Posted on Nov 25, 2015

Just about everyone in transportation and import/export is looking for an increase in efficiency, and the ports are usually where we look. There are many opportunities for improvement within the supply chain. As a US Top 40 Exporter, Anderson Hay has about 55 loads a day currently going to port, solely from our headquarters in Ellensburg, WA, one of our three plants. Along with thousands of others in the supply-chain, our everyday operations are directly   dependent on how smoothly things go at marine terminals.

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Topics: Leading US Exporter, News

Harvest Update - Alfalfa 30 September 2015

Posted on Oct 1, 2015

Growers in New Mexico are well underway with their 4th cutting Alfalfa harvest in some areas. About 25% has been cut and 10% baled so far. The 3rd cutting is still in progress as well, with just 5% of the harvest left to bale. Good weather has allowed for some very nice, green Alfalfa from this crop. Some precipitation is expected over the weekend.

Similar to New Mexico, some growersin Oregon are pushing to get the last of their 3rd cutting harvest baled while others are in the middle of 4th cutting harvest. Hay quality from this crop is also nice and green, and most of it is expected to be sold domestically. The weather has been mild and is should stay above the 70’s for the next week.

In Utah, clear weather has allowed for a good 4th cutting, but there is a push to finish up before the showers which are forecasted for the weekend and potentially into next week. Nearly all of the fields have been cut and over half have been baled.

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Topics: Alfalfa Hay, Quality of Forage, Harvest Update, News

Harvest Update - Alfalfa 24 September 2015

Posted on Sep 24, 2015

In both the Pacific Northwest (PNW) and Pacific Southwest (PSW), irregular weather has pushed Alfalfa harvest out later than expected. With the elongated schedule comes a wide range in quality across the board.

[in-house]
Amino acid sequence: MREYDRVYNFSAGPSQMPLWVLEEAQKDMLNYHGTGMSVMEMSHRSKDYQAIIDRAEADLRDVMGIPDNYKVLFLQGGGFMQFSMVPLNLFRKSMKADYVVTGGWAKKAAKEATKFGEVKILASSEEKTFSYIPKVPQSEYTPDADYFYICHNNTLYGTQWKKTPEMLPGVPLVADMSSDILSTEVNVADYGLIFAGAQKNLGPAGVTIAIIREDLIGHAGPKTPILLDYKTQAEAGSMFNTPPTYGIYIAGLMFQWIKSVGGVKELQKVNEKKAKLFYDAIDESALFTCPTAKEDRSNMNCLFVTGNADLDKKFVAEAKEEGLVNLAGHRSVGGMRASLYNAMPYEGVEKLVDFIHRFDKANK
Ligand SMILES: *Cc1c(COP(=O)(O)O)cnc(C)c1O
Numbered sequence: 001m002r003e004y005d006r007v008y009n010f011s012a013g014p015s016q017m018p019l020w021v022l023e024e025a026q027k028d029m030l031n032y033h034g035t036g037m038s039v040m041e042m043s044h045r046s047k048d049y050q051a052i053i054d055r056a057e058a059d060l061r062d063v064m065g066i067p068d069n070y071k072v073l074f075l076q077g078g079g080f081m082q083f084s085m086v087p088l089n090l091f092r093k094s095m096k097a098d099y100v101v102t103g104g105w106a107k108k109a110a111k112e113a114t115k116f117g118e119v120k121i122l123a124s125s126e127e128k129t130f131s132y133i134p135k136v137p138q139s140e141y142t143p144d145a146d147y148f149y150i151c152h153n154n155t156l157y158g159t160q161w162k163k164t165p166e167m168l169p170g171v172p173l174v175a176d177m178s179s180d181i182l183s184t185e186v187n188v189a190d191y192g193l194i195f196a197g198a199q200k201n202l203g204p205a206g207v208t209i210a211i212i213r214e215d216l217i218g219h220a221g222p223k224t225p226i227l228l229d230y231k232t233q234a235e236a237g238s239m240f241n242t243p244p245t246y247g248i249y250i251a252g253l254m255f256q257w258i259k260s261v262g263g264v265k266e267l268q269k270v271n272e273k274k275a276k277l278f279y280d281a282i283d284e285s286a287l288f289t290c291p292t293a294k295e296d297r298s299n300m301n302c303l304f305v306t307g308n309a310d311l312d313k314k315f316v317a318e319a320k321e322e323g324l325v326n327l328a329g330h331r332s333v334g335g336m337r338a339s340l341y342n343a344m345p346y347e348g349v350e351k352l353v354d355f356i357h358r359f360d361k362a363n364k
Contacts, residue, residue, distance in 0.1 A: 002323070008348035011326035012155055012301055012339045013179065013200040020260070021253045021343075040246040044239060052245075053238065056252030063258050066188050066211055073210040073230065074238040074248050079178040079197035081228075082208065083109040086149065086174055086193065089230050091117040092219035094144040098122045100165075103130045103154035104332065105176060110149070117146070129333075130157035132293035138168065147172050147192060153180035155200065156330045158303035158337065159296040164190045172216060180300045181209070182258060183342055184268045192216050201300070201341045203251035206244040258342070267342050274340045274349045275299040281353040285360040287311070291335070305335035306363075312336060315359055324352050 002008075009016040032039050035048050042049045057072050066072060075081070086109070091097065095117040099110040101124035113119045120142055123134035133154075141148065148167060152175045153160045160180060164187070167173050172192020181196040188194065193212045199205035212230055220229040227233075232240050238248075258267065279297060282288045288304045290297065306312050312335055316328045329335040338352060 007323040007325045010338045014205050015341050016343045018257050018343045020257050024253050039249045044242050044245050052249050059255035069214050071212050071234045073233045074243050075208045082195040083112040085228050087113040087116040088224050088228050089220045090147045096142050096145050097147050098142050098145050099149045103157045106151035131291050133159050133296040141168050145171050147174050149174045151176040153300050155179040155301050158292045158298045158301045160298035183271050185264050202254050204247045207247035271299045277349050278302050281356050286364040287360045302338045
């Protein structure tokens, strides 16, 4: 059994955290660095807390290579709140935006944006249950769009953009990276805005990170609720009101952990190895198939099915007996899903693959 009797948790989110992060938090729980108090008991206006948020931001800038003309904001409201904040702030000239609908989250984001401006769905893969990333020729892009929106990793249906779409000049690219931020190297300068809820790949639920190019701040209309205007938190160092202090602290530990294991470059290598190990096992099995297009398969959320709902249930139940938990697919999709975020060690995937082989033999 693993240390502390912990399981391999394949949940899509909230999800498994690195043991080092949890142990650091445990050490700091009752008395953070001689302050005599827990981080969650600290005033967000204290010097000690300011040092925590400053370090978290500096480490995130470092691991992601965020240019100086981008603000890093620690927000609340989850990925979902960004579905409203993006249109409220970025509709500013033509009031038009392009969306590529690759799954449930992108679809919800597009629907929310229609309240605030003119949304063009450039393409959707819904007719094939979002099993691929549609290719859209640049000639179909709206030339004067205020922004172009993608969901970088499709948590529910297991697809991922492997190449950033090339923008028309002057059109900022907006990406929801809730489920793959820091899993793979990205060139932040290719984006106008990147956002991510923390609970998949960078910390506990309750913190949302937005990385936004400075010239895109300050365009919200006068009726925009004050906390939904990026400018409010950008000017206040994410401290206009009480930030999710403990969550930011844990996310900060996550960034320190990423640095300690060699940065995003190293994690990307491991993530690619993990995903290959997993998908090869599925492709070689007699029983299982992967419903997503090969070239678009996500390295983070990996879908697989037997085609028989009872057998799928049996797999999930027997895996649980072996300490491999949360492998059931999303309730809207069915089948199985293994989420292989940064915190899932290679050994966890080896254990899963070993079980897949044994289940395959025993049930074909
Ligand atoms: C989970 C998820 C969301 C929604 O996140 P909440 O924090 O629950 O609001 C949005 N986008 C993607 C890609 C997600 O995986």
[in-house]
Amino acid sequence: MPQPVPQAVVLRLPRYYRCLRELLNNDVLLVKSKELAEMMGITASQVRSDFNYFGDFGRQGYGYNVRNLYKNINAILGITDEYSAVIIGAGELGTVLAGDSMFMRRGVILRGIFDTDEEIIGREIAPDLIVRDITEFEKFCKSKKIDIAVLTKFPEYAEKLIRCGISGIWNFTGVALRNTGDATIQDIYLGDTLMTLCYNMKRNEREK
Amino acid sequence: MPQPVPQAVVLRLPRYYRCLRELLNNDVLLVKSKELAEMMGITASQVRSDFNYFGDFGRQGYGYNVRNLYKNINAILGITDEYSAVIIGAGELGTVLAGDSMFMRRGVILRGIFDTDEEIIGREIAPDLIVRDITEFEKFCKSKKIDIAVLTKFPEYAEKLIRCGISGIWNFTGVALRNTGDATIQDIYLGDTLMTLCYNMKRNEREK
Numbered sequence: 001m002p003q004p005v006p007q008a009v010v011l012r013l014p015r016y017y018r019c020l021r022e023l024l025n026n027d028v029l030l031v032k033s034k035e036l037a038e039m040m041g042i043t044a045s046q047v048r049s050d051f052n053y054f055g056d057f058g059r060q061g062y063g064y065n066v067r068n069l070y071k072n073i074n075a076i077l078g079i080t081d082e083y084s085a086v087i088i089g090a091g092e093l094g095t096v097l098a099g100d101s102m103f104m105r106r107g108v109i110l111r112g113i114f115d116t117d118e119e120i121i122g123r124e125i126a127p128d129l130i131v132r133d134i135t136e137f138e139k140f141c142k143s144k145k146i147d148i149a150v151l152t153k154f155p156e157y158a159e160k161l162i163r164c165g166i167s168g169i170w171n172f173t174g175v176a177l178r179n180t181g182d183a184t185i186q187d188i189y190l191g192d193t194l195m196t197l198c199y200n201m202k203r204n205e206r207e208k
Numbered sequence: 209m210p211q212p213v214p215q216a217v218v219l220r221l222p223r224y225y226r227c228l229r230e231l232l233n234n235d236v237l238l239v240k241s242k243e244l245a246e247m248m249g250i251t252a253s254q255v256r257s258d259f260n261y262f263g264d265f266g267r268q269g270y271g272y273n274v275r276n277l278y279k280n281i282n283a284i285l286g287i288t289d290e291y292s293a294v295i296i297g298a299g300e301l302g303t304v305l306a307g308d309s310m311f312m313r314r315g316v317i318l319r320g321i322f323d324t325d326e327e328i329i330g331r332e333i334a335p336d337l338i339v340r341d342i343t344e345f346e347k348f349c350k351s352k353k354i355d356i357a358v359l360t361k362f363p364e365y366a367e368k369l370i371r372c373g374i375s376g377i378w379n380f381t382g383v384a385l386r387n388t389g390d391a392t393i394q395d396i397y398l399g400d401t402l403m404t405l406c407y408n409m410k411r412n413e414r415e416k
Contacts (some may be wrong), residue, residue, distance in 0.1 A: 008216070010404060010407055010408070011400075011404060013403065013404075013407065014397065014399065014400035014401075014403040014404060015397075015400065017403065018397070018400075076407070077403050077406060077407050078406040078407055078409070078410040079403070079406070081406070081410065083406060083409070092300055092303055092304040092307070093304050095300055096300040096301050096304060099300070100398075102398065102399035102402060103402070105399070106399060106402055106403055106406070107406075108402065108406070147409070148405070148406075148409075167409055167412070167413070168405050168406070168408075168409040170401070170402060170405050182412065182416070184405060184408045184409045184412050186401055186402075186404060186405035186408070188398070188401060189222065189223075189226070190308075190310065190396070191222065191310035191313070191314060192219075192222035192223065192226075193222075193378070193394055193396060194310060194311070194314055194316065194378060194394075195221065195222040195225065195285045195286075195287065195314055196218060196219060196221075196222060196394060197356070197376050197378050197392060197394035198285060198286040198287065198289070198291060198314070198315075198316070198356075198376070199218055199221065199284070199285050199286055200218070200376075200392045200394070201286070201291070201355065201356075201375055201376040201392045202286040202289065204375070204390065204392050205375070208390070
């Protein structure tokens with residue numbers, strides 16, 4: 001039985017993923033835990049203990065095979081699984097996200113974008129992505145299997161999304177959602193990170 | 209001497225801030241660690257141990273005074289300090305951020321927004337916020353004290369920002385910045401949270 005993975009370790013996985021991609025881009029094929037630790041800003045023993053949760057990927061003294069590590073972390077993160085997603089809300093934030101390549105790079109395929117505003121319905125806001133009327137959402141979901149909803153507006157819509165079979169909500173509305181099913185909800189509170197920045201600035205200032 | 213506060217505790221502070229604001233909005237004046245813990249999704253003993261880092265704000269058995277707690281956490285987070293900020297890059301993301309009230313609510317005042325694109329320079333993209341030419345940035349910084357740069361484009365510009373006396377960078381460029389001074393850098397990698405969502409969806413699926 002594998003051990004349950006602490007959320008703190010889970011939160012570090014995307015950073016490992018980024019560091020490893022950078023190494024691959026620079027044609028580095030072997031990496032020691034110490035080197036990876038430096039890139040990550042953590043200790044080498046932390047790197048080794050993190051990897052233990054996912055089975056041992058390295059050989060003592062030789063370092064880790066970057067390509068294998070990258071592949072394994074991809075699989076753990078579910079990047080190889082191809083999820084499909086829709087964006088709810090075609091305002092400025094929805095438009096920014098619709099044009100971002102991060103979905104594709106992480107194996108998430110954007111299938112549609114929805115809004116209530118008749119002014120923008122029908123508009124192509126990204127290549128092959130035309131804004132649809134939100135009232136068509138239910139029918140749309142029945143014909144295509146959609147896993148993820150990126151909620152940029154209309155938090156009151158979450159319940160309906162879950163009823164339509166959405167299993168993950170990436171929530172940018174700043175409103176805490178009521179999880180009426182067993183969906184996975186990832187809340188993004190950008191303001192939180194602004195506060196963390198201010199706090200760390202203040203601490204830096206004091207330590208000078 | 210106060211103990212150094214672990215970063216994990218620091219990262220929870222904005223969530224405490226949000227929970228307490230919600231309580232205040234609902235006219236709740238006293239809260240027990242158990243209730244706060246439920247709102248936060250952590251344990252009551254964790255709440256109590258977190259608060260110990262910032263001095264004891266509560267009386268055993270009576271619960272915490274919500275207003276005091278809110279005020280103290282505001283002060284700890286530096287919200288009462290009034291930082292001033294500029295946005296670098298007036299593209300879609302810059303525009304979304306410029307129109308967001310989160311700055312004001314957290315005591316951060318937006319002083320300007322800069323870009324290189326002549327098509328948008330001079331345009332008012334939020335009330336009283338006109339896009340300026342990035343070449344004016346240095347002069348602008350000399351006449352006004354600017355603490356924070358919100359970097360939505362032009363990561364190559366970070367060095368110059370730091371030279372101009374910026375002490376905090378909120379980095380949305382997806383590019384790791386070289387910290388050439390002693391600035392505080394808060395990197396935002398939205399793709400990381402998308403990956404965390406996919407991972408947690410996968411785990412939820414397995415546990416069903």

New Mexico has completed 3rd cutting Alfalfa harvest, and has about 95% baled. In most areas, growers were able to stay ahead of the stormy weather during the curing process and quality is better than originally predicted. Some areas have started a 4th cutting harvest this week.

The 3rd cutting Alfalfa harvest in Utah has a wider range of quality due to some intense storms in the last two weeks. Growers able to avoid the poor weather put up great quality from this cutting. Weather is expected to be clear for the next 8 days, and good quality is expected from 4th cutting. So far, about 50% of 4th cutting harvest is complete, and 40% is baled.

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Topics: Alfalfa Hay, Quality of Forage, Harvest Update, News, Export Hay

Harvest Update - Alfalfa and Timothy 16 September 2015

Posted on Sep 17, 2015

In the Pacific Southwest (PSW), monsoon season continues to challenge growers as they complete 6th cutting Alfalfa harvest. Export quality continues to be somewhat limited as a result. Cutting is finished, and about 85% of the baling is done so far with the rest expected to be done by the end of the week.

A large storm rolled through Utah this week, bringing cool weather, unexpected rain, and flash flooding in some areas of the state. This slowed 4th cutting Alfalfa harvest, and growers only were able to make minimal progress.

New Mexico also experienced some spotty, unpredictable weather this week, producing a wide variance in quality across the 3rd cutting Alfalfa harvest. Over the last few days, growers were able to make good progress given the favorable weather window. About 75% of the Alfalfa is cut, and about 55% is baled up to this point. Fourth cutting is expected to begin in the next few weeks.

In the Pacific Northwest (PNW), growers in Oregon are continuing tofind good weather windows to wrap up 3rd cutting Alfalfa Harvest. Cutting is about 95% complete, with nearly all of that baled. Quality continues to be good. Some rain is expected in the next couple of days, with clear skies to follow.

Washington 4th cutting Alfalfa harvest is about 70% complete. Progress has been slowed in the last week due to low temperatures, however the quality

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Topics: Alfalfa Hay, Timothy Hay, Harvest Update, Export Hay